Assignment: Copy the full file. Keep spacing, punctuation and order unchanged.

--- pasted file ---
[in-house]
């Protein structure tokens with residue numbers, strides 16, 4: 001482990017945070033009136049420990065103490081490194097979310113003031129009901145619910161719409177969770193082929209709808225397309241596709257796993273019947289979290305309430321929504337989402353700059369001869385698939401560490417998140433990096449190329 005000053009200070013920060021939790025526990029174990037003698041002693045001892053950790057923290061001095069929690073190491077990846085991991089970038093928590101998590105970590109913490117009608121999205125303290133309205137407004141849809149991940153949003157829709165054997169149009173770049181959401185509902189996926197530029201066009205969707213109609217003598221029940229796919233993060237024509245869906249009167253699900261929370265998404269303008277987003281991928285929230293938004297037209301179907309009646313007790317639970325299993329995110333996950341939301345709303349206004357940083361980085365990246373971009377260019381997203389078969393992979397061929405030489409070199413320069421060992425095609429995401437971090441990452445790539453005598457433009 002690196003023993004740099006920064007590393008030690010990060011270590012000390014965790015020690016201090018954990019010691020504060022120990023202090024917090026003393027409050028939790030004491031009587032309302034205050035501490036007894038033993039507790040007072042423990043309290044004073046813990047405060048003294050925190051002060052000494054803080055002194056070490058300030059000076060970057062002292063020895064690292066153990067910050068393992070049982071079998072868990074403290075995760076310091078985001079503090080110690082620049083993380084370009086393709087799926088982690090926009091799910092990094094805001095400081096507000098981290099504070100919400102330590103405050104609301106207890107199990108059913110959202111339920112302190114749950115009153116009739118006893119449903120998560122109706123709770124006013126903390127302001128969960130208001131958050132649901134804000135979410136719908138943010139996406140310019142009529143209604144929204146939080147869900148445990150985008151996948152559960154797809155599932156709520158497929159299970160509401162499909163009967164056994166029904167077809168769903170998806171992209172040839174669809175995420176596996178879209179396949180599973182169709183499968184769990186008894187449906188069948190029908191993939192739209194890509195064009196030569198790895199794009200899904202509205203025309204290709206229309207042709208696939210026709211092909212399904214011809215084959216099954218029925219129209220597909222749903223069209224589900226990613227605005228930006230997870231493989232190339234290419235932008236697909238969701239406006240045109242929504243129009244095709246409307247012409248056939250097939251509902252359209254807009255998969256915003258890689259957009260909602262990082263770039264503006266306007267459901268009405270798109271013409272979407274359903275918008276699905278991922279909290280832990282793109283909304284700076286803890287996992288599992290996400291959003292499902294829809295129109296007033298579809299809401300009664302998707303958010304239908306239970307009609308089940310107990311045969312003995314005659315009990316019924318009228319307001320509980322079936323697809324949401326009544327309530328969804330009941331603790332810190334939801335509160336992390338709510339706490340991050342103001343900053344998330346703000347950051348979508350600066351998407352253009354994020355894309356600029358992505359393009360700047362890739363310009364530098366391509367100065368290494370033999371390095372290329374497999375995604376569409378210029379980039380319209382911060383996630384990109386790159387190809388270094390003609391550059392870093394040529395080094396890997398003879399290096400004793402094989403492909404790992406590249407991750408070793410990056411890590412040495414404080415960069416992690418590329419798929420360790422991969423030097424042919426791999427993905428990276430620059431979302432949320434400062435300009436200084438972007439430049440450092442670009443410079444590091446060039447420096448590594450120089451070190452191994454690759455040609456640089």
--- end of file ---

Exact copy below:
[in-house]
């Protein structure tokens with residue numbers, strides 16, 4: 001482990017945070033009136049420990065103490081490194097979310113003031129009901145619910161719409177969770193082929209709808225397309241596709257796993273019947289979290305309430321929504337989402353700059369001869385698939401560490417998140433990096449190329 005000053009200070013920060021939790025526990029174990037003698041002693045001892053950790057923290061001095069929690073190491077990846085991991089970038093928590101998590105970590109913490117009608121999205125303290133309205137407004141849809149991940153949003157829709165054997169149009173770049181959401185509902189996926197530029201066009205969707213109609217003598221029940229796919233993060237024509245869906249009167253699900261929370265998404269303008277987003281991928285929230293938004297037209301179907309009646313007790317639970325299993329995110333996950341939301345709303349206004357940083361980085365990246373971009377260019381997203389078969393992979397061929405030489409070199413320069421060992425095609429995401437971090441990452445790539453005598457433009 002690196003023993004740099006920064007590393008030690010990060011270590012000390014965790015020690016201090018954990019010691020504060022120990023202090024917090026003393027409050028939790030004491031009587032309302034205050035501490036007894038033993039507790040007072042423990043309290044004073046813990047405060048003294050925190051002060052000494054803080055002194056070490058300030059000076060970057062002292063020895064690292066153990067910050068393992070049982071079998072868990074403290075995760076310091078985001079503090080110690082620049083993380084370009086393709087799926088982690090926009091799910092990094094805001095400081096507000098981290099504070100919400102330590103405050104609301106207890107199990108059913110959202111339920112302190114749950115009153116009739118006893119449903120998560122109706123709770124006013126903390127302001128969960130208001131958050132649901134804000135979410136719908138943010139996406140310019142009529143209604144929204146939080147869900148445990150985008151996948152559960154797809155599932156709520158497929159299970160509401162499909163009967164056994166029904167077809168769903170998806171992209172040839174669809175995420176596996178879209179396949180599973182169709183499968184769990186008894187449906188069948190029908191993939192739209194890509195064009196030569198790895199794009200899904202509205203025309204290709206229309207042709208696939210026709211092909212399904214011809215084959216099954218029925219129209220597909222749903223069209224589900226990613227605005228930006230997870231493989232190339234290419235932008236697909238969701239406006240045109242929504243129009244095709246409307247012409248056939250097939251509902252359209254807009255998969256915003258890689259957009260909602262990082263770039264503006266306007267459901268009405270798109271013409272979407274359903275918008276699905278991922279909290280832990282793109283909304284700076286803890287996992288599992290996400291959003292499902294829809295129109296007033298579809299809401300009664302998707303958010304239908306239970307009609308089940310107990311045969312003995314005659315009990316019924318009228319307001320509980322079936323697809324949401326009544327309530328969804330009941331603790332810190334939801335509160336992390338709510339706490340991050342103001343900053344998330346703000347950051348979508350600066351998407352253009354994020355894309356600029358992505359393009360700047362890739363310009364530098366391509367100065368290494370033999371390095372290329374497999375995604376569409378210029379980039380319209382911060383996630384990109386790159387190809388270094390003609391550059392870093394040529395080094396890997398003879399290096400004793402094989403492909404790992406590249407991750408070793410990056411890590412040495414404080415960069416992690418590329419798929420360790422991969423030097424042919426791999427993905428990276430620059431979302432949320434400062435300009436200084438972007439430049440450092442670009443410079444590091446060039447420096448590594450120089451070190452191994454690759455040609456640089």